Marielle’s Murder And The Newspapers

When  Rio City Councilwoman Marielle Franco was assassinated on March 14, much of the international coverage omitted the fact that she was a socialist and the most prominent critic of Rio de Janeiro’s federal military occupation. In this article from the Rio de Janeiro State University (UERJ) Manchêtometro project, which quantifies bias in media coverage, academics João Feres Jr. and Juliana Gagliardi look at how two of Brazil’s most important newspapers attempted to depoliticize Franco’s death and use it as an excuse to support the Brazilian military. Translated from the original Portuguese by Brasil Wire.

By Juliana Gagliardi and João Feres Jr. 

The writings about the assassination of City Councilwoman Marielle Franco, from the Socialism and Liberty party (Partido Socialismo e Liberdade/PSOL), last March 14 in Rio de Janeiro, cannot be disconnected from debates about the Federal military intervention underway in the state. This is not only because it was one more violent death to add to the high homicide rates, but down to the fact that Marielle had the most votes of anyone from her party and practiced an active agenda in the defense of human rights. More than this, the PSOL City Councilwoman was the rapporteur for a commission that was set up to monitor the military intervention, that was recently created in the City Council.

A black woman, raised in Maré favela, single mom and homosexual, Marielle was critical of the Federal military intervention in Rio de Janeiro. In a facebook post dated February 16, she said the immediate effects of the intervention would be: “more violence against the favela population, more young black people dead and abuses committed by the armed forces judged in the military justice system, whose courts are composed of other military officers” and a “false sense of security for the higher classes who will think that things are getting better.” Two days later, on February 18, she released an invitation to the protest against pension reforms and the military intervention that was scheduled for the following day. On February 20, Marielle gave a speech in the City Council in which she called the intervention, “absurd”. On the following day (2/21) she called the intervention a “farce” on her facebook page.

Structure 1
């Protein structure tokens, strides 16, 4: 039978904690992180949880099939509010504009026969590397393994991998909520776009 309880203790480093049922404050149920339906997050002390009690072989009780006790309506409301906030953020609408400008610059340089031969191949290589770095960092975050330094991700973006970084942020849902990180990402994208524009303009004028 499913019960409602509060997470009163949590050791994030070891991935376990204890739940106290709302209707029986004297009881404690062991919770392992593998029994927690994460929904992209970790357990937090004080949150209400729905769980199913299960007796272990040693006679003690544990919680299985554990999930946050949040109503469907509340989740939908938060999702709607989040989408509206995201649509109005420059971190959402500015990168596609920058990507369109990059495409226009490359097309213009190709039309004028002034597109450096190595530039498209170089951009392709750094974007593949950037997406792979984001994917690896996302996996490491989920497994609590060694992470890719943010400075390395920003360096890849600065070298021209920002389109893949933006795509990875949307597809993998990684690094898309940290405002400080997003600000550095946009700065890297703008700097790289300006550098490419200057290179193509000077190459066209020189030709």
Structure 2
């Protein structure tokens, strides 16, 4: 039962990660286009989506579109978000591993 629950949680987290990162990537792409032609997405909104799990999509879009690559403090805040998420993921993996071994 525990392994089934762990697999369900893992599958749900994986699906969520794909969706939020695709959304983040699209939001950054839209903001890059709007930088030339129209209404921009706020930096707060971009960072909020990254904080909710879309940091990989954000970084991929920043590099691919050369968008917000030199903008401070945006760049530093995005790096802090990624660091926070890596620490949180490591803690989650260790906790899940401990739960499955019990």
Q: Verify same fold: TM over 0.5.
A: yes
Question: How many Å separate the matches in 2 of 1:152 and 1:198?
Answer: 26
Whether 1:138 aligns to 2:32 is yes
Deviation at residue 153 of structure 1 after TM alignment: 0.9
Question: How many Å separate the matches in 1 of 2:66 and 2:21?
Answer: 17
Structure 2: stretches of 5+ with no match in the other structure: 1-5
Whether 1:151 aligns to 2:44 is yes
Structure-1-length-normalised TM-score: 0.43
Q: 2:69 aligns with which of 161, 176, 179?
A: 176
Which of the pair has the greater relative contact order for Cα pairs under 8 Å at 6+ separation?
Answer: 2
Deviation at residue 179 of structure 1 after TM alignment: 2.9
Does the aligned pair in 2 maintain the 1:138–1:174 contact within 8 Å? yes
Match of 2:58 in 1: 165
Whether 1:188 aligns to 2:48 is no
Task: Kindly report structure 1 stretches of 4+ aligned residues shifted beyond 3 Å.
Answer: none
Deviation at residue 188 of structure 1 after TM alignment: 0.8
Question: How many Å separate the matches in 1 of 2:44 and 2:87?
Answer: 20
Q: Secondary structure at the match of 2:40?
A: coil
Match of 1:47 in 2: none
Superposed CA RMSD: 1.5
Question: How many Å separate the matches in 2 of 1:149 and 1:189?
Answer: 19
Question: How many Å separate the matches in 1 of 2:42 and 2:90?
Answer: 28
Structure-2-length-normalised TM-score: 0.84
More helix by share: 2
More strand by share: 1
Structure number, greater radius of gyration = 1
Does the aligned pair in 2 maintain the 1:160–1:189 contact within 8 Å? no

Shortly before she was assassinated, she sent an article to Jornal do Brasil newspaper which was published posthumously on the front page (March 16), reaffirming that the justification for the military intervention was not based on reality, since Rio de Janeiro is only ranked as the 10th most violent state in the national Public Security report, behind other states like Sergipe, Goias and Maranhão. According to Marielle, “you don’t do public security with more guns, but with public policies in all areas.” Her text emphasized that the recent experiences with Armed Forces occupations in the state did not solve the problem of insecurity and that what they had in common was not  responding to alarming episodes in public security, but the fact that they took place during election years.